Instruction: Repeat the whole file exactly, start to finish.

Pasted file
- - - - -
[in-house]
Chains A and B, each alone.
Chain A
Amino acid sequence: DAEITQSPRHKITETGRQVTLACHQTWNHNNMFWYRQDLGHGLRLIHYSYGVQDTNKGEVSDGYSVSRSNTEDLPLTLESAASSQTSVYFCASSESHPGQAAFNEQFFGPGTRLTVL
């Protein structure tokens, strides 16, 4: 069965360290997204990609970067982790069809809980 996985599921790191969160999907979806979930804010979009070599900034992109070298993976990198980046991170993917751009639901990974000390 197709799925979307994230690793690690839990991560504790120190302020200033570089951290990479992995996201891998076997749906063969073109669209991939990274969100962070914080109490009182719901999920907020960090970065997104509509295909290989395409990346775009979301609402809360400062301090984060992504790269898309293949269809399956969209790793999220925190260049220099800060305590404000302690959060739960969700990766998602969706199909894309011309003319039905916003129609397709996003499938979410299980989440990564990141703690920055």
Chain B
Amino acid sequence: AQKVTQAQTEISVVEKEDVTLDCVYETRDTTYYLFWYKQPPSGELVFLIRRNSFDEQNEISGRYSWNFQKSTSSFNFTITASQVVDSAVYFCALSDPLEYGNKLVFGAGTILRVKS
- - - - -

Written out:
[in-house]
Chains A and B, each alone.
Chain A
Amino acid sequence: DAEITQSPRHKITETGRQVTLACHQTWNHNNMFWYRQDLGHGLRLIHYSYGVQDTNKGEVSDGYSVSRSNTEDLPLTLESAASSQTSVYFCASSESHPGQAAFNEQFFGPGTRLTVL
């Protein structure tokens, strides 16, 4: 069965360290997204990609970067982790069809809980 996985599921790191969160999907979806979930804010979009070599900034992109070298993976990198980046991170993917751009639901990974000390 197709799925979307994230690793690690839990991560504790120190302020200033570089951290990479992995996201891998076997749906063969073109669209991939990274969100962070914080109490009182719901999920907020960090970065997104509509295909290989395409990346775009979301609402809360400062301090984060992504790269898309293949269809399956969209790793999220925190260049220099800060305590404000302690959060739960969700990766998602969706199909894309011309003319039905916003129609397709996003499938979410299980989440990564990141703690920055």
Chain B
Amino acid sequence: AQKVTQAQTEISVVEKEDVTLDCVYETRDTTYYLFWYKQPPSGELVFLIRRNSFDEQNEISGRYSWNFQKSTSSFNFTITASQVVDSAVYFCALSDPLEYGNKLVFGAGTILRVKS